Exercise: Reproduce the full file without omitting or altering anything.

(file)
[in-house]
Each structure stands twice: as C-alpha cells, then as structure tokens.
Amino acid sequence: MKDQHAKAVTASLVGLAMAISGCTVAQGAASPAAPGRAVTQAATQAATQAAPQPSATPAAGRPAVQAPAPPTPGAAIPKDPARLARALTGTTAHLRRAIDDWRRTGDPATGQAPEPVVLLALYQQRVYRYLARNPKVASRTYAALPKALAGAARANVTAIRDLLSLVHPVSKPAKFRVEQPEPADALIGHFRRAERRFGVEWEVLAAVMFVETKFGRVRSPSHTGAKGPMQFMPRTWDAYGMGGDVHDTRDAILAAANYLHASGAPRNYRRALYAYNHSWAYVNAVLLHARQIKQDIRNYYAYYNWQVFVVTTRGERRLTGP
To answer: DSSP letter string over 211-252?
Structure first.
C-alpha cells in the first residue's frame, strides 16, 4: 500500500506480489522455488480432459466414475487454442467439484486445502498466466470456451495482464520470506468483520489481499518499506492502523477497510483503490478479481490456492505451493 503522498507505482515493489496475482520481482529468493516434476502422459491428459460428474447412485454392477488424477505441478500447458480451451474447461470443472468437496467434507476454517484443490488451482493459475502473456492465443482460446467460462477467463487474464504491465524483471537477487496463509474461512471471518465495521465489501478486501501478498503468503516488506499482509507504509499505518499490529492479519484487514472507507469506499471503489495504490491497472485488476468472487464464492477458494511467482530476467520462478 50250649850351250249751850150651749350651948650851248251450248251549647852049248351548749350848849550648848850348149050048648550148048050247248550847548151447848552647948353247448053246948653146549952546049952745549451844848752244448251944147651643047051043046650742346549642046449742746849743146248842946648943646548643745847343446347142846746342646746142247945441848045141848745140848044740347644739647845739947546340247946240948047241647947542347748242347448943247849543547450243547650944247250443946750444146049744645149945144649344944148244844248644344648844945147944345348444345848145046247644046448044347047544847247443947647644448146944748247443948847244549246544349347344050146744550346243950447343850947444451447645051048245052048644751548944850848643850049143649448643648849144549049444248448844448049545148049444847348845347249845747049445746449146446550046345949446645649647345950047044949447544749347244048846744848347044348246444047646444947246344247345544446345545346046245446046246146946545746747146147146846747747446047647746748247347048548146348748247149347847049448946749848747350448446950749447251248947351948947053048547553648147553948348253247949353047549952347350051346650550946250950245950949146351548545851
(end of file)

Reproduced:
[in-house]
Each structure stands twice: as C-alpha cells, then as structure tokens.
Amino acid sequence: MKDQHAKAVTASLVGLAMAISGCTVAQGAASPAAPGRAVTQAATQAATQAAPQPSATPAAGRPAVQAPAPPTPGAAIPKDPARLARALTGTTAHLRRAIDDWRRTGDPATGQAPEPVVLLALYQQRVYRYLARNPKVASRTYAALPKALAGAARANVTAIRDLLSLVHPVSKPAKFRVEQPEPADALIGHFRRAERRFGVEWEVLAAVMFVETKFGRVRSPSHTGAKGPMQFMPRTWDAYGMGGDVHDTRDAILAAANYLHASGAPRNYRRALYAYNHSWAYVNAVLLHARQIKQDIRNYYAYYNWQVFVVTTRGERRLTGP
To answer: DSSP letter string over 211-252?
Structure first.
C-alpha cells in the first residue's frame, strides 16, 4: 500500500506480489522455488480432459466414475487454442467439484486445502498466466470456451495482464520470506468483520489481499518499506492502523477497510483503490478479481490456492505451493 503522498507505482515493489496475482520481482529468493516434476502422459491428459460428474447412485454392477488424477505441478500447458480451451474447461470443472468437496467434507476454517484443490488451482493459475502473456492465443482460446467460462477467463487474464504491465524483471537477487496463509474461512471471518465495521465489501478486501501478498503468503516488506499482509507504509499505518499490529492479519484487514472507507469506499471503489495504490491497472485488476468472487464464492477458494511467482530476467520462478 50250649850351250249751850150651749350651948650851248251450248251549647852049248351548749350848849550648848850348149050048648550148048050247248550847548151447848552647948353247448053246948653146549952546049952745549451844848752244448251944147651643047051043046650742346549642046449742746849743146248842946648943646548643745847343446347142846746342646746142247945441848045141848745140848044740347644739647845739947546340247946240948047241647947542347748242347448943247849543547450243547650944247250443946750444146049744645149945144649344944148244844248644344648844945147944345348444345848145046247644046448044347047544847247443947647644448146944748247443948847244549246544349347344050146744550346243950447343850947444451447645051048245052048644751548944850848643850049143649448643648849144549049444248448844448049545148049444847348845347249845747049445746449146446550046345949446645649647345950047044949447544749347244048846744848347044348246444047646444947246344247345544446345545346046245446046246146946545746747146147146846747747446047647746748247347048548146348748247149347847049448946749848747350448446950749447251248947351948947053048547553648147553948348253247949353047549952347350051346650550946250950245950949146351548545851